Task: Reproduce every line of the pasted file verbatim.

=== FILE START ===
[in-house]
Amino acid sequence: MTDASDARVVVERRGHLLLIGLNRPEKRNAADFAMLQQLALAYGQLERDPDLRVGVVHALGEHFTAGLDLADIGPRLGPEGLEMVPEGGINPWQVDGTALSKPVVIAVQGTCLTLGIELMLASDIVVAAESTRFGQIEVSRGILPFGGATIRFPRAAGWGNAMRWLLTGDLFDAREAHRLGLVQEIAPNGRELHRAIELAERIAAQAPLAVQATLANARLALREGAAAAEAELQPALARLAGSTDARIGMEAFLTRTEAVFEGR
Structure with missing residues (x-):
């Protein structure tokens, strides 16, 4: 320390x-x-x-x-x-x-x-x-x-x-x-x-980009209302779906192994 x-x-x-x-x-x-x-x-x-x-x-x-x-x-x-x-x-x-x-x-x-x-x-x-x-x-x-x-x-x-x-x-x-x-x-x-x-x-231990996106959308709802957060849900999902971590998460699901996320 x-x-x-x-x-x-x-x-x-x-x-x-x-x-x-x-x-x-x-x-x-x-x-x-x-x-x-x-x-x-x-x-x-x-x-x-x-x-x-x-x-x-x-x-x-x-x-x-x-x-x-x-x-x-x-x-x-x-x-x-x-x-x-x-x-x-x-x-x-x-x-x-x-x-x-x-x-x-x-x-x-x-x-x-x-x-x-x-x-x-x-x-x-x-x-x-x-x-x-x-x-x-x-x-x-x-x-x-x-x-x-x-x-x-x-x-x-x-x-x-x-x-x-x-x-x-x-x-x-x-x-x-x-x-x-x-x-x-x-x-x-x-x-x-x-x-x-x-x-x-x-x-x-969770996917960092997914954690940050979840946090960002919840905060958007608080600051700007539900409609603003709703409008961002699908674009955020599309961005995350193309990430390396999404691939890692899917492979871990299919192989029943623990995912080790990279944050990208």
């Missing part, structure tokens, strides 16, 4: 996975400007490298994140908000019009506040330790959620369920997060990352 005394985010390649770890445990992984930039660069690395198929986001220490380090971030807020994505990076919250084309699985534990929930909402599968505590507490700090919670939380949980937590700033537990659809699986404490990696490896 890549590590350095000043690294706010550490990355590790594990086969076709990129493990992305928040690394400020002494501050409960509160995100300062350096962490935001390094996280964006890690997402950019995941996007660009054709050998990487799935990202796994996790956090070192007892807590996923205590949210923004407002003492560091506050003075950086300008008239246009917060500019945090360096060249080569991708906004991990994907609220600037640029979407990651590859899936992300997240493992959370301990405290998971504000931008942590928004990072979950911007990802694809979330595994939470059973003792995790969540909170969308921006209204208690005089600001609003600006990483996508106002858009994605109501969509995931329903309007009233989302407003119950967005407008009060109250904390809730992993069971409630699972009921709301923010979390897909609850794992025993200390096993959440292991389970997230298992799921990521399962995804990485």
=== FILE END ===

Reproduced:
[in-house]
Amino acid sequence: MTDASDARVVVERRGHLLLIGLNRPEKRNAADFAMLQQLALAYGQLERDPDLRVGVVHALGEHFTAGLDLADIGPRLGPEGLEMVPEGGINPWQVDGTALSKPVVIAVQGTCLTLGIELMLASDIVVAAESTRFGQIEVSRGILPFGGATIRFPRAAGWGNAMRWLLTGDLFDAREAHRLGLVQEIAPNGRELHRAIELAERIAAQAPLAVQATLANARLALREGAAAAEAELQPALARLAGSTDARIGMEAFLTRTEAVFEGR
Structure with missing residues (x-):
């Protein structure tokens, strides 16, 4: 320390x-x-x-x-x-x-x-x-x-x-x-x-980009209302779906192994 x-x-x-x-x-x-x-x-x-x-x-x-x-x-x-x-x-x-x-x-x-x-x-x-x-x-x-x-x-x-x-x-x-x-x-x-x-x-231990996106959308709802957060849900999902971590998460699901996320 x-x-x-x-x-x-x-x-x-x-x-x-x-x-x-x-x-x-x-x-x-x-x-x-x-x-x-x-x-x-x-x-x-x-x-x-x-x-x-x-x-x-x-x-x-x-x-x-x-x-x-x-x-x-x-x-x-x-x-x-x-x-x-x-x-x-x-x-x-x-x-x-x-x-x-x-x-x-x-x-x-x-x-x-x-x-x-x-x-x-x-x-x-x-x-x-x-x-x-x-x-x-x-x-x-x-x-x-x-x-x-x-x-x-x-x-x-x-x-x-x-x-x-x-x-x-x-x-x-x-x-x-x-x-x-x-x-x-x-x-x-x-x-x-x-x-x-x-x-x-x-x-x-969770996917960092997914954690940050979840946090960002919840905060958007608080600051700007539900409609603003709703409008961002699908674009955020599309961005995350193309990430390396999404691939890692899917492979871990299919192989029943623990995912080790990279944050990208």
């Missing part, structure tokens, strides 16, 4: 996975400007490298994140908000019009506040330790959620369920997060990352 005394985010390649770890445990992984930039660069690395198929986001220490380090971030807020994505990076919250084309699985534990929930909402599968505590507490700090919670939380949980937590700033537990659809699986404490990696490896 890549590590350095000043690294706010550490990355590790594990086969076709990129493990992305928040690394400020002494501050409960509160995100300062350096962490935001390094996280964006890690997402950019995941996007660009054709050998990487799935990202796994996790956090070192007892807590996923205590949210923004407002003492560091506050003075950086300008008239246009917060500019945090360096060249080569991708906004991990994907609220600037640029979407990651590859899936992300997240493992959370301990405290998971504000931008942590928004990072979950911007990802694809979330595994939470059973003792995790969540909170969308921006209204208690005089600001609003600006990483996508106002858009994605109501969509995931329903309007009233989302407003119950967005407008009060109250904390809730992993069971409630699972009921709301923010979390897909609850794992025993200390096993959440292991389970997230298992799921990521399962995804990485």